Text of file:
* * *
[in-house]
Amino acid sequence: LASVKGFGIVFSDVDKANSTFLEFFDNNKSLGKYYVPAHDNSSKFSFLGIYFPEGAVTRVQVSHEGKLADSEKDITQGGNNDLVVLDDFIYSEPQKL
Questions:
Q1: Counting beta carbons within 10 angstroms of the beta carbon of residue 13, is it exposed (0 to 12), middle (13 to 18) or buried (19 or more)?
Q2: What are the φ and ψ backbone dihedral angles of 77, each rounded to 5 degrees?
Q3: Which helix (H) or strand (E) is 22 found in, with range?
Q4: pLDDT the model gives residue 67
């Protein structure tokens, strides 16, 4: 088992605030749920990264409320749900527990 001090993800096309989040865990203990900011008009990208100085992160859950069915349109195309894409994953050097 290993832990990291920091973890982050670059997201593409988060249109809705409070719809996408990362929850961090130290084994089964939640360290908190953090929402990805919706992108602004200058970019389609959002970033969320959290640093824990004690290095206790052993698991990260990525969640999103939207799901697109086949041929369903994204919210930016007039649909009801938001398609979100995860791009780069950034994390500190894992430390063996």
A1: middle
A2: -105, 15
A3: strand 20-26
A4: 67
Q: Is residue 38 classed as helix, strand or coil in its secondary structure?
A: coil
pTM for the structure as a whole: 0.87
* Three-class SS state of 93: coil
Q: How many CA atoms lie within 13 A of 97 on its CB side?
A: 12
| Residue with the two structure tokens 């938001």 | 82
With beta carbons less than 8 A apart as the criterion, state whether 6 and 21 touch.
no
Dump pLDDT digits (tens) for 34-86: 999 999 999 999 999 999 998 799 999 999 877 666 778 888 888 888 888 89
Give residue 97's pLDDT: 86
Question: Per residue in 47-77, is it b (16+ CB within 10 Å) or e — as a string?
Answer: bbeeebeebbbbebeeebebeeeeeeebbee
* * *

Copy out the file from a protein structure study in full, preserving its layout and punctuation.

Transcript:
[in-house]
Amino acid sequence: LASVKGFGIVFSDVDKANSTFLEFFDNNKSLGKYYVPAHDNSSKFSFLGIYFPEGAVTRVQVSHEGKLADSEKDITQGGNNDLVVLDDFIYSEPQKL
Questions:
Q1: Counting beta carbons within 10 angstroms of the beta carbon of residue 13, is it exposed (0 to 12), middle (13 to 18) or buried (19 or more)?
Q2: What are the φ and ψ backbone dihedral angles of 77, each rounded to 5 degrees?
Q3: Which helix (H) or strand (E) is 22 found in, with range?
Q4: pLDDT the model gives residue 67
């Protein structure tokens, strides 16, 4: 088992605030749920990264409320749900527990 001090993800096309989040865990203990900011008009990208100085992160859950069915349109195309894409994953050097 290993832990990291920091973890982050670059997201593409988060249109809705409070719809996408990362929850961090130290084994089964939640360290908190953090929402990805919706992108602004200058970019389609959002970033969320959290640093824990004690290095206790052993698991990260990525969640999103939207799901697109086949041929369903994204919210930016007039649909009801938001398609979100995860791009780069950034994390500190894992430390063996």
A1: middle
A2: -105, 15
A3: strand 20-26
A4: 67
Q: Is residue 38 classed as helix, strand or coil in its secondary structure?
A: coil
pTM for the structure as a whole: 0.87
* Three-class SS state of 93: coil
Q: How many CA atoms lie within 13 A of 97 on its CB side?
A: 12
| Residue with the two structure tokens 């938001």 | 82
With beta carbons less than 8 A apart as the criterion, state whether 6 and 21 touch.
no
Dump pLDDT digits (tens) for 34-86: 999 999 999 999 999 999 998 799 999 999 877 666 778 888 888 888 888 89
Give residue 97's pLDDT: 86
Question: Per residue in 47-77, is it b (16+ CB within 10 Å) or e — as a string?
Answer: bbeeebeebbbbebeeebebeeeeeeebbee